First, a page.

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18 January 2022: In the Shadow of the Holocaust

 In the Shadow of the Holocaust: Poland, the United Nations War Crimes Commission and the Search for Justice

 

with Michael Fleming,

Professor Antony Polonsky (Chair), Professor Dan Plesch (discussant) and Dr Julia Eichenberg (discussant)

 

Tuesday, 18 January 2022 18:30 – 20:00 GMT
on Zoom

This event is co-organised with the Wiener Holocaust Library and
UCL Institute of Jewish Studies

 

Tuesday, 18 January 2021 18:30 – 20:00 GMT
on Zoom

In the midst of the Second World War, the Allies acknowledged Germany’s ongoing programme of extermination. In the Shadow of the Holocaust examines the struggle to attain post-war justice and prosecution. Focusing on Poland’s engagement with the United Nations War Crimes Commission, it analyses the different ways that the Polish Government in Exile (based in London from 1940) agitated for an Allied response to German atrocities. The book shows that jurists associated with the Government in Exile made significant contributions to legal debates on war crimes and, along with others, paid attention to German crimes against Jews. By exploring the relationship between the UNWCC and the Polish War Crimes Office under the authority of the Polish Government in Exile and later, from the summer of 1945, the Polish Government in Warsaw, the book provides a new lens through which to examine the early stages of the Cold War.

In the Shadow of the Holocaust will be published by Cambridge University Press in January 2022. See www.cambridge.org/9781009098984 (Discount code:  FLEMING21)

Michael Fleming is a historian at The Polish University Abroad, London and conference secretary to the Institute for Polish-Jewish Studies. His publications include Communism, Nationalism and Ethnicity in Poland, 1944-1950 (2010), Auschwitz, the Allies and Censorship of the Holocaust (2014) and (as editor) Essays Commemorating Szmul Zygielbojm (2018). He is a recipient of the Kulczycki Book Prize for Polish Studies, and the Aquila Polonica Prize.

Dan Plesch is Director of the Centre for International Studies and Diplomacy in the Politics Department of SOAS University of London and is a ‘door tenant’ at the legal chambers of 9 Bedford Row, in London. He is the author of Human Rights After Hitler. His previous books include: America Hitler and the UNWartime Origins and the Future UN (with Prof. Weiss) and the Beauty Queen’s Guide to World Peace. He leads research on the UN, War Crimes and on Disarmament. See www.scrapweapons.com www. unwcc.org and the cisd research pages.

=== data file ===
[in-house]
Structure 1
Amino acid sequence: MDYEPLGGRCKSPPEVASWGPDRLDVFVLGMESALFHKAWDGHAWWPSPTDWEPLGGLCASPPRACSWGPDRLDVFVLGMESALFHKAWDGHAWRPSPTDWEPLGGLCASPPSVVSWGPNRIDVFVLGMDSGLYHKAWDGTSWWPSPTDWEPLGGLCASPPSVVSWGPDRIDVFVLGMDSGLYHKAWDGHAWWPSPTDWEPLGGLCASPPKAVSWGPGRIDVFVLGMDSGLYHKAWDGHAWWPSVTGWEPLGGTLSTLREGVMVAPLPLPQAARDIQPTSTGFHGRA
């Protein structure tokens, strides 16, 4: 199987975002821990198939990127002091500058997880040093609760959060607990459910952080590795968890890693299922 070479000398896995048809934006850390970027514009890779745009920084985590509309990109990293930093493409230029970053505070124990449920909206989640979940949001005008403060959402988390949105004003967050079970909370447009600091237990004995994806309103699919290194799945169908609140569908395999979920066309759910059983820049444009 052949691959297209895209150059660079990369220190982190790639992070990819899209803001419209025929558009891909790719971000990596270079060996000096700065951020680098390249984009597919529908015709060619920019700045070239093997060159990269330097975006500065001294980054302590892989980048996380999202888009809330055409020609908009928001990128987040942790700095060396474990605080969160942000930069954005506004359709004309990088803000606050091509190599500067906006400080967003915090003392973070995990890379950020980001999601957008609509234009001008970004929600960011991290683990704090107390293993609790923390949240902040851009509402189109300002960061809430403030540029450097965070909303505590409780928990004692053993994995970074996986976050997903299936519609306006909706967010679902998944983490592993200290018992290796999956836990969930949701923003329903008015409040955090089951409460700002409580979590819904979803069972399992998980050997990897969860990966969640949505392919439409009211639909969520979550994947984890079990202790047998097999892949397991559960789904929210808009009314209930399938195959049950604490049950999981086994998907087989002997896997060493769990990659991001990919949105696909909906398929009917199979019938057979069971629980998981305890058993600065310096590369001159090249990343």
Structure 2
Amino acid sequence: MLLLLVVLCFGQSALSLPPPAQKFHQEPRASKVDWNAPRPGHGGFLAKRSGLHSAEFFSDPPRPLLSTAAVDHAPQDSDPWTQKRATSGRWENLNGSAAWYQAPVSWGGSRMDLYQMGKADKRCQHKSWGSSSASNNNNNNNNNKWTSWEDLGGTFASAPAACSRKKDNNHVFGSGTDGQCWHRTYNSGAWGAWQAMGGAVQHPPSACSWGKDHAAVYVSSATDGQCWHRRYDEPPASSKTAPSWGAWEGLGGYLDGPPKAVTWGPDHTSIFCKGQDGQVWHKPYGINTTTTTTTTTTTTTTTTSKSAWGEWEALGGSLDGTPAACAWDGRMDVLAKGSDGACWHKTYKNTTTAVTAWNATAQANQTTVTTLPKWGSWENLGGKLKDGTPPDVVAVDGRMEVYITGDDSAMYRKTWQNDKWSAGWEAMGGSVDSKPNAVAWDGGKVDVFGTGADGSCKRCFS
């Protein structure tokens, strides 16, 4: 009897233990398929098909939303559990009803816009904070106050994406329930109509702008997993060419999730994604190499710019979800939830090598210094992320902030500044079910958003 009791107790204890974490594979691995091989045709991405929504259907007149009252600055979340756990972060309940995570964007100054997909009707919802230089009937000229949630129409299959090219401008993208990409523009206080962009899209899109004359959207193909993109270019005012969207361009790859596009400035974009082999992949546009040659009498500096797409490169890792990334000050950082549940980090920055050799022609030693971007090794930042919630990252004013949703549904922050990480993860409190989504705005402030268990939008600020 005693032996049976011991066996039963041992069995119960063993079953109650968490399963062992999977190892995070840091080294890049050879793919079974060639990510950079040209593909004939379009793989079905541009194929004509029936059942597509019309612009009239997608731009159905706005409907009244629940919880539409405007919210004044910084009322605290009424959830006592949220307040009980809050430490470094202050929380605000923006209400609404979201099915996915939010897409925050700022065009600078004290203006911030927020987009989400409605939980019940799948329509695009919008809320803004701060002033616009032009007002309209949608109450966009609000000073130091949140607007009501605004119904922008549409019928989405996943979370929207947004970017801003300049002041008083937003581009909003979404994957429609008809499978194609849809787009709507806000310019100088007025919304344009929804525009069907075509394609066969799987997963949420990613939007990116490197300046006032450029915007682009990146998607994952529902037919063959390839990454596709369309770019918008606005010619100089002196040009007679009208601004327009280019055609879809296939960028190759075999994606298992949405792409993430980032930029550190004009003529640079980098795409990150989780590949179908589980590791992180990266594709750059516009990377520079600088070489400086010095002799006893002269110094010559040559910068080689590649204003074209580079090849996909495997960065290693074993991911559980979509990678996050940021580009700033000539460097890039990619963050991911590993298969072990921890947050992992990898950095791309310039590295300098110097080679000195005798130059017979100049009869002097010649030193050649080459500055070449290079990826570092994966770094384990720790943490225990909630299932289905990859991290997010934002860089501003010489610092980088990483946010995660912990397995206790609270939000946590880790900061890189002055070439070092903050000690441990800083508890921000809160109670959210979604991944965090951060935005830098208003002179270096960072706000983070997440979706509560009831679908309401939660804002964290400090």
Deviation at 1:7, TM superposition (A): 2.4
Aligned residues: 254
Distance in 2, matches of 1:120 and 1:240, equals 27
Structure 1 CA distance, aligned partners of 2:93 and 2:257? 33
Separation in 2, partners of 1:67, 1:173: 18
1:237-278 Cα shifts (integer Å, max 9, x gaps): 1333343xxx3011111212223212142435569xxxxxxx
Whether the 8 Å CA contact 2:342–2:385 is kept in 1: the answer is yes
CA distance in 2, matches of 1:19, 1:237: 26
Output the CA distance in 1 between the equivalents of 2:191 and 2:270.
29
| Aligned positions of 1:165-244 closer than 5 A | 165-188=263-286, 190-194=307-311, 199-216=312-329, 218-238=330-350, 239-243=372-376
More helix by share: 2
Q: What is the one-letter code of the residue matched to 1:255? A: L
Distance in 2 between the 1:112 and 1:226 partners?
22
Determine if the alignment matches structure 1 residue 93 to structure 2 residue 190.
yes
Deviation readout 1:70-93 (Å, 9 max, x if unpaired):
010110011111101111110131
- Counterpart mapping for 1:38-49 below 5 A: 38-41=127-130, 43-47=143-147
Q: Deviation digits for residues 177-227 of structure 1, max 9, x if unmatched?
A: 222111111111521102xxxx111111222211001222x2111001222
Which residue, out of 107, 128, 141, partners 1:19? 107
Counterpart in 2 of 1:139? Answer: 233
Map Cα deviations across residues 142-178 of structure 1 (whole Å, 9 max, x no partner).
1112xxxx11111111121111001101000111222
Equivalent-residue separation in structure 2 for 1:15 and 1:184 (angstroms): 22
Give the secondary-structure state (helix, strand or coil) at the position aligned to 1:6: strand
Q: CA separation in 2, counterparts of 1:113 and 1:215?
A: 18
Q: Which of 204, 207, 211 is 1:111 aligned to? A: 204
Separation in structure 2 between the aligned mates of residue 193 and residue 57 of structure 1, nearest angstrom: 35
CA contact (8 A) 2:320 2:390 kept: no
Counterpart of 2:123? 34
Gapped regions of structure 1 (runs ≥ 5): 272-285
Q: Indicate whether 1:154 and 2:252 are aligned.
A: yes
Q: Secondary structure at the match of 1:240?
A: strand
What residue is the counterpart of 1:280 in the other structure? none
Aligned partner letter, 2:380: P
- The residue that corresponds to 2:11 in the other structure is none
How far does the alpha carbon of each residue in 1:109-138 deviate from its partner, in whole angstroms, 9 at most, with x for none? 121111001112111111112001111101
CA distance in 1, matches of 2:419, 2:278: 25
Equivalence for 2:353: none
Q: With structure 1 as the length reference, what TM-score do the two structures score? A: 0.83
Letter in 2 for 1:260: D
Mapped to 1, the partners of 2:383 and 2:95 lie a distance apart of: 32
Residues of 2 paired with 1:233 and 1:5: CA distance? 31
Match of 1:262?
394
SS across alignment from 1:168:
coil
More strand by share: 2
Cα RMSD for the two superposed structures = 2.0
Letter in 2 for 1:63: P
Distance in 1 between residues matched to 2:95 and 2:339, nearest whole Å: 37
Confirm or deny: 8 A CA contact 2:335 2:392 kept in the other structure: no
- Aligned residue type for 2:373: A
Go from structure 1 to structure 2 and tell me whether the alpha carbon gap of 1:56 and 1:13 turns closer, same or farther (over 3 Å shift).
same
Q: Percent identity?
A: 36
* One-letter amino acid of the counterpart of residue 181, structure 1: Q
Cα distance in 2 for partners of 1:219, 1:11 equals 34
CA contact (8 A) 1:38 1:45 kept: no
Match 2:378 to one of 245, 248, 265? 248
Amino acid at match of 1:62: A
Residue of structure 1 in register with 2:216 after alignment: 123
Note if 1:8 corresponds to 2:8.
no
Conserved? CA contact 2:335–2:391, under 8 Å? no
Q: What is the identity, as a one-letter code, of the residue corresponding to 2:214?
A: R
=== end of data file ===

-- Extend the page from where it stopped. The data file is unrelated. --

Julia Eichenberg is a senior lecturer at the University of Bayreuth, and a Freigeist Fellow and principal investigator of the research project “The London Moment” funded by the Volkswagen Foundation (2014-2023). In 2008, she was awarded a PhD in Modern History by the University of Tübingen for her research on Polish First World War veterans. Since then, she has held fellowships and lectured in Modern European History at Trinity College Dublin, University College Dublin and Humboldt University Berlin. She has published on aspects of war, welfare, violence, peace, and international collaboration. Her next book engages with the collaboration of European governments-in-exile in London during the Second World War.

Antony Polonsky is Chief Historian of the POLIN Museum of the History of Polish Jews, Warsaw and Emeritus Professor of Holocaust Studies at Brandeis University. Until 1991 he was Professor of International History at the London School of Economics and Political Science. He is co-chair of the editorial board of Polin: Studies in Polish Jewry, author of Politics in Independent Poland (1972), The Little Dictators (1975), The Great Powers and the Polish Question (1976); co-author of A History of Modern Poland (1980) and The Beginnings of Communist Rule in Poland (1981) and co-editor of Contemporary Jewish writing in Poland: an anthology (2001) and The neighbors respond: the controversy over the Jedwabne Massacre in Poland (2004). His most recent work is The Jews in Poland and Russia, volume 1, 1350 to 1881; volume 2 1881 to 1914; volume 3 1914 to 2008 (2010, 2012), published in 2013 in an abridged version The Jews in Poland and Russia. A Short History.

 

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INSTITUTE FOR POLISH-JEWISH STUDIES (IPJS)